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Bombesin-functionalized Superparamagnetic Iron Oxide Nanoparticles for Dual-Modality MR/NIRFI in Mouse Models of Breast Cancer

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Bombesin-functionalized Superparamagnetic Iron Oxide Nanoparticles for Dual-Modality MR/NIRFI in Mouse Models of Breast Cancer

Li Li et al. Int J Nanomedicine.

Abstract

Background: The early and accurate detection afforded by imaging techniques significantly reduces mortality in cancer patients. However, it is still a great challenge to achieve satisfactory performance in tumor diagnosis using any single-modality imaging method. Magnetic resonance imaging (MRI) has excellent soft tissue contrast and high spatial resolution, but it suffers from low sensitivity. Fluorescence imaging has high sensitivity, but it is limited by penetration depth. Thus, the combination of the two modes could result in synergistic benefits. Here, we design and characterize a novel dual-modality MR/near-infrared fluorescence imaging (MR/NIRFI) nanomicelle and test its imaging properties in mouse models of breast cancer.

Methods: The nanomicelles were prepared by incorporating superparamagnetic iron oxide (SPIO) nanoparticles into 1,2-distearoyl-sn-glycero-3-phosphoethanolamine-N-[amino(polyethylene glycol)-5000] micelles to which an NIRF dye and a tumor-targeted peptide (N3-Lys-bombesin, Bom) were conjugated. The nanomicelles were characterized for particle size, zeta potential and morphology. The transverse relaxivity, targeting specificity and imaging ability of the nanomicelles for MR/NIRFI were also examined.

Results: The fabricated nanomicelles displayed a well-defined spherical morphology with a mean diameter of 145±56 nm and a high transverse relaxivity (493.9 mM-1·s-1, 3.0T). In MRI, the T2 signal reduction of tumors in the Bom-targeted group was 24.1±5.7% at 4 hrs postinjection, whereas only a 0.1±3.4% (P=0.003) decrease was observed in the nontargeted group. In NIRFI, the contrast increased gradually in the targeted group, and the tumor/muscle ratio increased from 3.7±0.3 at 1 hr to 4.7±0.1 at 2 hrs and to 6.4±0.2 at 4 hrs. No significant changes were observed in the nontargeted group at any time points.

Conclusion: Considering all our results, we conclude that these novel MR/NIRFI dual-modality nanomicelles could be promising contrast agents for cancer diagnosis.

Keywords: SPIO nanoparticles; magnetic resonance imaging; near-infrared fluorescence imaging; tumor diagnosis.

Conflict of interest statement

The authors report no conflicts of interest in this work.

Figures

Figure 1
Figure 1
Schematic diagram for the synthesis of SPIO/DSPE-PEG5k-(Bom&Cy5). Abbreviations: SPIO, superparamagnetic iron oxide; NHS, N-hydroxysuccinimide.
Figure 2
Figure 2
Nanomicelle characterization. Notes: (A) A TEM image of Bom-targeted nanomicelles (scale bar =100 nm). (B) Size distribution of Bom-targeted (blue) and nontargeted (red) nanomicelles in aqueous solution measured by DLS. Abbreviations: TEM, transmission electron microscopy; DLS, dynamic light scattering.
Figure 3
Figure 3
Relaxivity and magnetization measurement. Notes: (A) T2-weighted images of SPIO/DSPE-PEG5k-(Bom&Cy5) nanomicelle samples at different iron concentrations (3.0 T, spin-echo sequence: TR =5000 ms, TE =12 ms). (B) Chart of the change in 1/T2 values with Fe concentration. (C) Hysteresis loops of the SPIO nanoparticles (black) and SPIO/DSPE-PEG5k-(Bom&Cy5) nanomicelles (red) measured at 300 K. Abbreviation: SPIO, superparamagnetic iron oxide.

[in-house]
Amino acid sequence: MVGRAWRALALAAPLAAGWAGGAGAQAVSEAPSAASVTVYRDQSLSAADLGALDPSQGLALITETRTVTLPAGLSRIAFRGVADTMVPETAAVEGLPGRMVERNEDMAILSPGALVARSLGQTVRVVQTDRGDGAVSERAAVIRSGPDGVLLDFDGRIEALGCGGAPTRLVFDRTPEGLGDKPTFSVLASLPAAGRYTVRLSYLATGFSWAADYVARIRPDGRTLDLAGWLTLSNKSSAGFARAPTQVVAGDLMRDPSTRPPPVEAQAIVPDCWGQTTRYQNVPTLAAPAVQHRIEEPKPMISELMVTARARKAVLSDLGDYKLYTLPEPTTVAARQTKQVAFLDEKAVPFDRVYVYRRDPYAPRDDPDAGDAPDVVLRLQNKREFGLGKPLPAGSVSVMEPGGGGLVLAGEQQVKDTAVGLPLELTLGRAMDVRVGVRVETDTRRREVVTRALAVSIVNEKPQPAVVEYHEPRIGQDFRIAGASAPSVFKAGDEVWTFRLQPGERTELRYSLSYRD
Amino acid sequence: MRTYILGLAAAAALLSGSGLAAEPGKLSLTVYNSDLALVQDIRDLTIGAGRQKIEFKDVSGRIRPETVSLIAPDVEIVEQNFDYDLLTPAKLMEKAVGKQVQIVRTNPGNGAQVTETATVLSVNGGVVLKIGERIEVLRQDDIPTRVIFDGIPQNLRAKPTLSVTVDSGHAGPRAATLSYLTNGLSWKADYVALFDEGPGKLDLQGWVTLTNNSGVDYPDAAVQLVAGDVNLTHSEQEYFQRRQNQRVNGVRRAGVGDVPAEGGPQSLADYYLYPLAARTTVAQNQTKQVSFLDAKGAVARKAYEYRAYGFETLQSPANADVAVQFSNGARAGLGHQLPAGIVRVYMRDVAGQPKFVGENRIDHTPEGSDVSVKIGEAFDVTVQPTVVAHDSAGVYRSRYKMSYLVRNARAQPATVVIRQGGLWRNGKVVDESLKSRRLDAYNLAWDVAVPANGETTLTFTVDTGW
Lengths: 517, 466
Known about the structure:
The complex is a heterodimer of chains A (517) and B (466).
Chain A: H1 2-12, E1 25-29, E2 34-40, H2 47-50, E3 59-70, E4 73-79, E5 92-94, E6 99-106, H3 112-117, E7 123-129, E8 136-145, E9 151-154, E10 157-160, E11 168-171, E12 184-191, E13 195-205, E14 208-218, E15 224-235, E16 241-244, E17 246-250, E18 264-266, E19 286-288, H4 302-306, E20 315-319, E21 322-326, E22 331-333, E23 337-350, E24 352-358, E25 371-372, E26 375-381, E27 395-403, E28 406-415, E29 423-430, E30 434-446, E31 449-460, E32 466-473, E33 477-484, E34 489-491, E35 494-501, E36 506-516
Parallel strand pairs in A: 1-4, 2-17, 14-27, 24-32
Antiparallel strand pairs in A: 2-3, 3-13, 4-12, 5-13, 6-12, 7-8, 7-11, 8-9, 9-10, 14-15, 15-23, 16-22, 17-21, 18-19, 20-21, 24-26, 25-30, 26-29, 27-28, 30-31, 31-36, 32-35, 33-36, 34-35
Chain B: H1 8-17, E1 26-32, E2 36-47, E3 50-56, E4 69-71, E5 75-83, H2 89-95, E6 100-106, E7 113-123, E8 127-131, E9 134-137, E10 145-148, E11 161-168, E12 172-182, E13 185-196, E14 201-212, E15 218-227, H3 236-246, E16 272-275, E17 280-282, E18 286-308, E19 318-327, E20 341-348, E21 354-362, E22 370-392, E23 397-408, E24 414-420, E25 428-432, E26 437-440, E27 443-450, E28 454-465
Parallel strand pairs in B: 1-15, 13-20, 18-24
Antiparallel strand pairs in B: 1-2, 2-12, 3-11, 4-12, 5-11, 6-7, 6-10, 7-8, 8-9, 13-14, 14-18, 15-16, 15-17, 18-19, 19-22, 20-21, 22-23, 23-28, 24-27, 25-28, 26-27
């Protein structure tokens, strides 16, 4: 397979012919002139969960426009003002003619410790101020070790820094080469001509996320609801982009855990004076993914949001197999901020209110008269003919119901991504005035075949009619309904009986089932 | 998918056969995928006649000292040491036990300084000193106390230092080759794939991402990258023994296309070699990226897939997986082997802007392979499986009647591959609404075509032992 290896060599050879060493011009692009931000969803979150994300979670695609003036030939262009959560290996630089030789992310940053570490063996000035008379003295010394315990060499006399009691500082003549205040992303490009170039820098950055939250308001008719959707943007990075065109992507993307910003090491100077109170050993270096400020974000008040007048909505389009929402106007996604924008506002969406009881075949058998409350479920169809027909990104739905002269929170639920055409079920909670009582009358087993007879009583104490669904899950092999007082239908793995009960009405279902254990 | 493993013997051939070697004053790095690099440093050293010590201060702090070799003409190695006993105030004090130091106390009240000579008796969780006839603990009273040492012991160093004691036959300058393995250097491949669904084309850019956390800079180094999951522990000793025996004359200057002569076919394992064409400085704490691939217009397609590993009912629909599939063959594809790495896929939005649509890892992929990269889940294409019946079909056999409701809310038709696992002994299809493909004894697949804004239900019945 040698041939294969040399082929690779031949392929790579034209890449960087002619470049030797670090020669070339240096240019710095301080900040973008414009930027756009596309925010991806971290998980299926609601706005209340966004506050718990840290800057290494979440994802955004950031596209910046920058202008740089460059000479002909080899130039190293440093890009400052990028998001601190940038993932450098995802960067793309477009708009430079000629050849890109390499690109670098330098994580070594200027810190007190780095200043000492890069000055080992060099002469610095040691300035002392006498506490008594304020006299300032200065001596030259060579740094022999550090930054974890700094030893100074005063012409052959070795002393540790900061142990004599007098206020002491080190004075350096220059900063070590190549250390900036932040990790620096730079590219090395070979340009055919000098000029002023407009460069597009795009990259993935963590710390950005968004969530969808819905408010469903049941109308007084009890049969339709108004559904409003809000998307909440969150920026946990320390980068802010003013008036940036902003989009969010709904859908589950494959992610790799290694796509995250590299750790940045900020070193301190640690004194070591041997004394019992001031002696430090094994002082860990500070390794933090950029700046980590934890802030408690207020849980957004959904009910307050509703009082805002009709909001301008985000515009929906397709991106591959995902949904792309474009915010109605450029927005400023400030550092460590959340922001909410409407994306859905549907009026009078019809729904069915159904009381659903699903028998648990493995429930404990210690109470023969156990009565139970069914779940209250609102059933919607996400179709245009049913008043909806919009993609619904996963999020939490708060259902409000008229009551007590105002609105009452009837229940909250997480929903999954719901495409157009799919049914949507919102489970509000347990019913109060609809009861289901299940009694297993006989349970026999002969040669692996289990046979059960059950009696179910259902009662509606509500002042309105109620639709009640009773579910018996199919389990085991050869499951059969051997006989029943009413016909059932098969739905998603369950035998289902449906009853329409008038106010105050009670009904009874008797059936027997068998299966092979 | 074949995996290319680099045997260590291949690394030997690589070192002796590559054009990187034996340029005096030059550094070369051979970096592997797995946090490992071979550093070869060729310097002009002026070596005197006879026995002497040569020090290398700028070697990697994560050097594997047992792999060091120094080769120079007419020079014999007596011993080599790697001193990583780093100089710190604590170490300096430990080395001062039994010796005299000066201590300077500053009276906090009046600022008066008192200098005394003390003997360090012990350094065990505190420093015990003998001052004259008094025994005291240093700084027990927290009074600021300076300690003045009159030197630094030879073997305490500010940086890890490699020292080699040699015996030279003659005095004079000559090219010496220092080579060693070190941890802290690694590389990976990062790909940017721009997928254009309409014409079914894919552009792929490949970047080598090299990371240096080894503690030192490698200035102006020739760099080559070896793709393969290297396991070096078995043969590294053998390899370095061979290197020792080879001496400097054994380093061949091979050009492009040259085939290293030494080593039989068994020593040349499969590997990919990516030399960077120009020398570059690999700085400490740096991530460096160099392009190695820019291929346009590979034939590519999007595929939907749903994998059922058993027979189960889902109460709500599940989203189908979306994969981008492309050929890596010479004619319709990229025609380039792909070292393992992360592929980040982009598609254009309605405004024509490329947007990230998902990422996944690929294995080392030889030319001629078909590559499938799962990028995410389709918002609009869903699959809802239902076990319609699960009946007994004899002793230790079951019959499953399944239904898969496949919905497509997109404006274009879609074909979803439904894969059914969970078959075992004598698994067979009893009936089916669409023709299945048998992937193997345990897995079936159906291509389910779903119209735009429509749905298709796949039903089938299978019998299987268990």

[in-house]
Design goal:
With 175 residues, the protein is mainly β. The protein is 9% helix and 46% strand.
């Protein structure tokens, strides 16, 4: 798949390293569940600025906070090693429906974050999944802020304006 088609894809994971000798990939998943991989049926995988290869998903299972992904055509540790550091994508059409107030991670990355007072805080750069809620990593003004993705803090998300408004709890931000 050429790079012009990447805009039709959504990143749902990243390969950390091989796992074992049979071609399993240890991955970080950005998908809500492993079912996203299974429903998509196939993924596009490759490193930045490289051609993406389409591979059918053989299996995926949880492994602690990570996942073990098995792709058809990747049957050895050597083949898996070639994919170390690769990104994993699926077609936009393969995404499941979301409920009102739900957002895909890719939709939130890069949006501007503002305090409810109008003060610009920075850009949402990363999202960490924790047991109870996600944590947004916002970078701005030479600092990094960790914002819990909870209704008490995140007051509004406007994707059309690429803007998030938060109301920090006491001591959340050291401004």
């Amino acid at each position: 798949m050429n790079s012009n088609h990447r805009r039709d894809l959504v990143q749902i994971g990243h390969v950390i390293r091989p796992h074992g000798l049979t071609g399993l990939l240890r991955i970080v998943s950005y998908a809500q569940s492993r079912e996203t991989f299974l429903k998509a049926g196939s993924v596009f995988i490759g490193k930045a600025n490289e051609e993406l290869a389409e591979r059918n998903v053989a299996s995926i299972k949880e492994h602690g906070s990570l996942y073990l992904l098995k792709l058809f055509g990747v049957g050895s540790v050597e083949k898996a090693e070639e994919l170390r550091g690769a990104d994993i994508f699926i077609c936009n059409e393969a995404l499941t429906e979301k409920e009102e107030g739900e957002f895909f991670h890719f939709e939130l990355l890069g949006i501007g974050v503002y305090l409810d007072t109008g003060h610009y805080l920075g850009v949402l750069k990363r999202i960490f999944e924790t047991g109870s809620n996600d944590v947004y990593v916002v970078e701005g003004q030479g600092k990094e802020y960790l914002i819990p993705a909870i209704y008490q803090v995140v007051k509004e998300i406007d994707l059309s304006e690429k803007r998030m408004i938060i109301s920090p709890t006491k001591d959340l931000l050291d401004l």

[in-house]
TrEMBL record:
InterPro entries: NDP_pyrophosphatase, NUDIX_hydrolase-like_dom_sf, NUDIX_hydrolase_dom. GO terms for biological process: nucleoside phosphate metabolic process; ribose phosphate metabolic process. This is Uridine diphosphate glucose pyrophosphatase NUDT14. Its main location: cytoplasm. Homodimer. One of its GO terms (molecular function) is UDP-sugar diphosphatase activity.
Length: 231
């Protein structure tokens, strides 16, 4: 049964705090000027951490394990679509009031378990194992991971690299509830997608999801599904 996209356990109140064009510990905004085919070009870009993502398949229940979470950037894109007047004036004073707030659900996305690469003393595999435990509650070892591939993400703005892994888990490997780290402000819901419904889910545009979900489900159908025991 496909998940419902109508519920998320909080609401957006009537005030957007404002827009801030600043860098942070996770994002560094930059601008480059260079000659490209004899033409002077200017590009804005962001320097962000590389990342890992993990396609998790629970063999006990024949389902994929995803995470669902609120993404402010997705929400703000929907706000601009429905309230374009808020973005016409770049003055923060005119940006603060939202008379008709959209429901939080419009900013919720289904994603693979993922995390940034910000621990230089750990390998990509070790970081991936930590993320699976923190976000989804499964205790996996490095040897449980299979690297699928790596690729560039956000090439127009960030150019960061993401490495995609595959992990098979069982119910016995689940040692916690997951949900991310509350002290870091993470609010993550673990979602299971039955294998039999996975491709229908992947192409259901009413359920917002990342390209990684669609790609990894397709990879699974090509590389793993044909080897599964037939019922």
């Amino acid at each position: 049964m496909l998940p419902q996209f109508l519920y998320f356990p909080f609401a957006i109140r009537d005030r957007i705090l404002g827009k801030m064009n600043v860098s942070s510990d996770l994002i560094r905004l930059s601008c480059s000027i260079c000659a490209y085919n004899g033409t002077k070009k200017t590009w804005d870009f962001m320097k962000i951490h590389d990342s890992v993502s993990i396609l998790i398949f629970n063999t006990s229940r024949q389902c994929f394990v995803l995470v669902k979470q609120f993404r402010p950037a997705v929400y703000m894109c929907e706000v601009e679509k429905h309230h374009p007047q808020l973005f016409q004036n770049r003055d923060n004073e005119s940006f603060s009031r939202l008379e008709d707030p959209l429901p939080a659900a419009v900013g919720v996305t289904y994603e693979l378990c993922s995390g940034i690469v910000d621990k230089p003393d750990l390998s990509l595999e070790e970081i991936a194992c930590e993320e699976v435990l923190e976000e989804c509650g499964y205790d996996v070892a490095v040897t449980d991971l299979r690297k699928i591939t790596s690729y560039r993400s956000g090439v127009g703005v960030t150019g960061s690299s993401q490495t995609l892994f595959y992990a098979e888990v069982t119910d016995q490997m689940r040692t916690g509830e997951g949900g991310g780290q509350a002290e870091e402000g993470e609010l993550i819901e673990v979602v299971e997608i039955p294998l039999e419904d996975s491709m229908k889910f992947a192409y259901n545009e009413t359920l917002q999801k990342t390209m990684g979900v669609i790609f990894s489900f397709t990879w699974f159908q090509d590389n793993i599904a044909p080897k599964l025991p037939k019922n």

Figure 4
Figure 4
Cytotoxicity and in vivo toxicology. Notes: (A) In vitro cell viability of HUVEC, L02 and HEK-293 cells after incubation with various concentrations of SPIO/DSPE-PEG5k-(Bom&Cy5) nanomicelles for 24 hrs. (B) Serum biochemistry data on ALT, AST, BUN and CREA. (C) Micrographs of H&E-stained organ slices (heart, lung, liver, spleen and kidney) from mice 3 days, 7 days and 21 days after intravenous injection of SPIO/DSPE-PEG5k-(Bom&Cy5) nanomicelles (H&E staining, 40×). Scale bar =50 µm. Abbreviations: SPIO, superparamagnetic iron oxide; ALT, alanine aminotransferase; AST, aspartate aminotransferase; BUN, blood urea nitrogen; CREA, creatinine.
Figure 5
Figure 5
Targeting performance in cells. Notes: Fluorescence microscopy of MDA-MB-231 cells incubated with Bom-targeted nanomicelles (1st line), nontargeted nanomicelles (2nd line) and Bom-targeted nanomicelles with free Bom (3rd line). From left to right are DAPI-labeled nuclei, Cy5-labeled nanomicelles and their overlay (scale bar =50 µm).
Figure 6
Figure 6
In vivo dual-modality imaging performance. Notes: (A) MR images (3.0 T, T2-weighted fast spin echo sequence: TR =4000 ms, TE =66 ms, FOV =50 mm × 50 mm, slice thickness =1 mm) and (B) NSI of an MDA-MB-231 mouse xenograft tumor at different times after the intravenous injection of Bom-targeted nanomicelles and nontargeted nanomicelles. NSI=SItumor/SIwater phantom. (C) NIRF images and (D) average radiant efficiencies (p/s/cm2/sr)/(μW/cm2) at different times after the injection of Bom-targeted or nontargeted nanomicelles. The red arrows indicate tumors. Abbreviations: NSI, normalized signal intensity; NIRF, near-infrared fluorescence.
Figure 7
Figure 7
Prussian blue staining of tumor sections. Notes: Prussian blue-stained tumor tissue section from mice treated with SPIO/DSPE-PEG5k-(Bom&Cy5) nanomicelles (A) and SPIO/DSPE-PEG5k-Cy5 nanomicelles (B), respectively. The red arrows indicate SPIO nanoparticles. Scale bar =50 µm. Abbreviation: SPIO, superparamagnetic iron oxide.

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